Tuesday, 8 May 2012

Galapagos, The Bluecoat - Liverpool

I am sure I am not alone in doing this but when I wonder around exhibitions making seemingly random connections between the work on display and my own experiences. One of these connections happened while looking at The Bluecoat's current Galapagos exhibition, where I was reminded of a novel I had read I few years ago called The Traveller in Black
by John Brunner. This was a fantasy novel wherein the titular Traveller in Black is charged with bringing order and reason to a world of chaos and magic.

Why would this fantasy novel spring to mind, when the twelve artists involved in the exhibition have rooted themselves within the real world, within the physicality of the Galapagos Islands themselves. It may lay in my perception of the islands themselves, which provides a kind of link to The Bluecoat's previous Topophobia exhibition. The associations between the exhibitions between Brunner's book and the exhibition may have been triggered by Alexis Deacon's sketches of the creatures that dwell of the dream archipelagos.

Within Deacon's rather beautiful drawings there is the reminder of a time when 'here be monsters', things that existed just beyond the horizon, monsters which disappeared into fiction as Europeans expanded their influence across the globe. The islands saw their first European visitors in the 16th century who saw nothing of worth in the islands, outside of providing a rich source of protein in the form of Giant Tortoises. So this pragmatism is counter to the image I have of sailors struck in awe at the creatures living on the islands. Though I have to wonder what the sailor Thomas Chappell saw that caused him to burn one of the islands in 1820.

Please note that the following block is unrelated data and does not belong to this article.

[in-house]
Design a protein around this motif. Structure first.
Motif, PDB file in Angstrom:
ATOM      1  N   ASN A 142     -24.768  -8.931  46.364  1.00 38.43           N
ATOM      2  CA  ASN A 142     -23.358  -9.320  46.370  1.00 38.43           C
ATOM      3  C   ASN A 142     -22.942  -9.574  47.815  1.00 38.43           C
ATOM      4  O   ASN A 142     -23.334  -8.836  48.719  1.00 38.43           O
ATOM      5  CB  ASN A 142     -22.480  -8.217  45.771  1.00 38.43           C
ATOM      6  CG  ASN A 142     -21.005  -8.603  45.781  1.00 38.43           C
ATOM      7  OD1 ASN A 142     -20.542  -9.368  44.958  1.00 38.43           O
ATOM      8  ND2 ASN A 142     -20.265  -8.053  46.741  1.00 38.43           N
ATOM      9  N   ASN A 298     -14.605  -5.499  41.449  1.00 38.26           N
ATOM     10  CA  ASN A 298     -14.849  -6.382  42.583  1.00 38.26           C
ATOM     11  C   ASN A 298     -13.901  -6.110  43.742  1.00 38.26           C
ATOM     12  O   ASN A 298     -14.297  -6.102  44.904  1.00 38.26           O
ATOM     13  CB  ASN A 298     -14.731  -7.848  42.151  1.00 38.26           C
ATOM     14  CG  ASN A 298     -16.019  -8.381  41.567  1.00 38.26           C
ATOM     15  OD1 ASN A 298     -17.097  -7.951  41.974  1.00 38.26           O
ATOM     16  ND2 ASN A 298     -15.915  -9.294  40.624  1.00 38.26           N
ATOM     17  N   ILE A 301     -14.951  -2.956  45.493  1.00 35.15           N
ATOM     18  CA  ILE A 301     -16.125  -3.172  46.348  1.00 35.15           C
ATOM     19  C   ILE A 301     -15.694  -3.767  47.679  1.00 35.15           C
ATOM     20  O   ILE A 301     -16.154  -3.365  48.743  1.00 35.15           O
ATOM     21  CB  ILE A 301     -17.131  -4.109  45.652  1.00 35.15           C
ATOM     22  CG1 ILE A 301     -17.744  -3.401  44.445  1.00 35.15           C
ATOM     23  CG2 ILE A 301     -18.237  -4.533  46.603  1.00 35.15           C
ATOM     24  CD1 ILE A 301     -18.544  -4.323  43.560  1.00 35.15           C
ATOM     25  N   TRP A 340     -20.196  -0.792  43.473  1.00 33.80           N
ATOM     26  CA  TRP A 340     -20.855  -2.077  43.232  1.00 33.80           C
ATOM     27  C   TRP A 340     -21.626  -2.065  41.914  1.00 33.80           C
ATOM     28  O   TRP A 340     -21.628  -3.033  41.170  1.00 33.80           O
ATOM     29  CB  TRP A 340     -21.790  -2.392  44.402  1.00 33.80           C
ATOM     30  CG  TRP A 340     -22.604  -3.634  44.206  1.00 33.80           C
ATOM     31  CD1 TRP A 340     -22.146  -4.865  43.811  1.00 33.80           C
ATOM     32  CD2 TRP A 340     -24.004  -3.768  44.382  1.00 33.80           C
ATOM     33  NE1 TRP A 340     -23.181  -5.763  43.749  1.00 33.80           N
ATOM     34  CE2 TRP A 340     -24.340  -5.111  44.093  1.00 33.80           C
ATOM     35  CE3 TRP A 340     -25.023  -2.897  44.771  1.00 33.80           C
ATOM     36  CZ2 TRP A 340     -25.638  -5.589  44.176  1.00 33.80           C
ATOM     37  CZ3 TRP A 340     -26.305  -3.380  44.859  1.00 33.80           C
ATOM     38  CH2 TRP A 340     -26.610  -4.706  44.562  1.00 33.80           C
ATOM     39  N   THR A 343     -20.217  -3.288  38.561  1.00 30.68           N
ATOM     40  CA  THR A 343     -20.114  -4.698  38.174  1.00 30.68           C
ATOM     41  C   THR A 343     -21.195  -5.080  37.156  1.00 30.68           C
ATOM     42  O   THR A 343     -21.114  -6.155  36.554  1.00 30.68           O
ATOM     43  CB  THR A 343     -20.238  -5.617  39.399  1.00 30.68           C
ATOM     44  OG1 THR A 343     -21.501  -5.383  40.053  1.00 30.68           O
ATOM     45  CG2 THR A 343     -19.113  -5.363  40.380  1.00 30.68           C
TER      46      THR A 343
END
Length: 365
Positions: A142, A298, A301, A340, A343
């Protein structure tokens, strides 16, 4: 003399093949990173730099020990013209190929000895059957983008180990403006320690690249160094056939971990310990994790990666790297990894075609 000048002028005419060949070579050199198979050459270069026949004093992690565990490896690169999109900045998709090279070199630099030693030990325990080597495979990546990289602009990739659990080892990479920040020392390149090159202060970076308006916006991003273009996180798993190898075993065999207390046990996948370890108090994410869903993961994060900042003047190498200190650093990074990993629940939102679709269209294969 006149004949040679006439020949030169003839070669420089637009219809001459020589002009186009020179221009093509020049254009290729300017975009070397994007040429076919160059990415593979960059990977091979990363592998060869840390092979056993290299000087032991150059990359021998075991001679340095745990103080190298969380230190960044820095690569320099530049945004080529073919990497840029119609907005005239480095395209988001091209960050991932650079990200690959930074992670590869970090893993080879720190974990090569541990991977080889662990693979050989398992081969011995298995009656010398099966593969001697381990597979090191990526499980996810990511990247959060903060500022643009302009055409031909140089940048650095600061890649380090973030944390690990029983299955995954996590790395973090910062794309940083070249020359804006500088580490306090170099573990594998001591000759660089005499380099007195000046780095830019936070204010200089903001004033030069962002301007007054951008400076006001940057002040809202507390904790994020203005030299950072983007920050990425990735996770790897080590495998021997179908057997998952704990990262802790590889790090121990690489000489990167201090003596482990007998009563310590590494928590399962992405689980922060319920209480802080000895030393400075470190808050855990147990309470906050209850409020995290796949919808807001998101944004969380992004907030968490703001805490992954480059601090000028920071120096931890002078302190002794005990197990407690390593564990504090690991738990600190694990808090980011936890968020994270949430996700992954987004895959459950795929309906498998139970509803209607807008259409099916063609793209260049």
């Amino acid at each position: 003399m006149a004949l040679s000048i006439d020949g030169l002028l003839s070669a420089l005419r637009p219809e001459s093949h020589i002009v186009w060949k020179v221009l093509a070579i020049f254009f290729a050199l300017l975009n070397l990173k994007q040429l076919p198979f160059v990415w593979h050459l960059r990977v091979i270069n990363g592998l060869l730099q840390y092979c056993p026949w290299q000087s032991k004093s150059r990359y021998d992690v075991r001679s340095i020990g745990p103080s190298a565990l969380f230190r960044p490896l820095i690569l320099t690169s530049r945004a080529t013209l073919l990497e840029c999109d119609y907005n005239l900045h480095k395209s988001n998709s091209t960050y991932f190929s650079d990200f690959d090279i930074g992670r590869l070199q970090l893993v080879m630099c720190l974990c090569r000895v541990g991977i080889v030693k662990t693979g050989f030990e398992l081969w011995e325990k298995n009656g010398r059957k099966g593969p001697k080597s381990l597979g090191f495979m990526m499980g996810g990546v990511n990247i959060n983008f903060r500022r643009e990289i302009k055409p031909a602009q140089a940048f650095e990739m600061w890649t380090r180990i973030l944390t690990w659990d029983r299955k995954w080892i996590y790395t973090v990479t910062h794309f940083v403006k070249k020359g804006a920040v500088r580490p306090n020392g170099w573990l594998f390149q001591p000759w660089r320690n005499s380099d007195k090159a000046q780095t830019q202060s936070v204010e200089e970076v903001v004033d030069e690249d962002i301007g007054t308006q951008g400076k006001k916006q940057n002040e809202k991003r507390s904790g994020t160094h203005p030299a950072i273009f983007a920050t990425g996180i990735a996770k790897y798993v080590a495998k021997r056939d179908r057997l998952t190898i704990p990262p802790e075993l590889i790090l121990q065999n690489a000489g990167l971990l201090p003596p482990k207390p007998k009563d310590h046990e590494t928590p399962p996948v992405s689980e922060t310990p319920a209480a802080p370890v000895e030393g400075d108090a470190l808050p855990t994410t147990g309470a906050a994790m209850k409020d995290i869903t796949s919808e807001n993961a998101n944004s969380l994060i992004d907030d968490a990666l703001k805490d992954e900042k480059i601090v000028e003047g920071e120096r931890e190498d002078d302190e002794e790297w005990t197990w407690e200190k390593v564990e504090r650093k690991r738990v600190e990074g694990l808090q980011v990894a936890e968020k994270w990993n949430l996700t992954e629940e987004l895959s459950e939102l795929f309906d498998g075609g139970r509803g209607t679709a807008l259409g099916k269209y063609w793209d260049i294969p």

Maybe this marks the point the starting point where the European idea of reason conquered though exploration and categorization the realms of mythology. Like Brunner's titular hero's quest to bring everything to a single nature. A process that continues to this day, when confronted by Dorothy Cross's hovering whale spine, their first reaction is to assume that it is the bones of a dinosaur. Rather than the bones of some forgotten giant species. I also wonder if this speaks about our perception that we are the top of our evolutionary tree and therefore there is nothing 'bigger' then us currently on this planet.

Taking that supposed place on the top of the tree, eventually humans settled on Galapagos. Their lives and settlements becoming fodder for the exploratory photographs of the likes of Paulo Catrica or even falling under the critical eye of the islands true inhabitants such as The Blue-footed Booby (with the help of Marcus Coates) who sees nothing special in the lives of humans. I guess what we can take from the progression of reason is that we aren't as separate from nature as we seem, and within the ecology of the islands we see ecology of our selves.

I've also written a piece about Kaffe Matthews sound installation read it here




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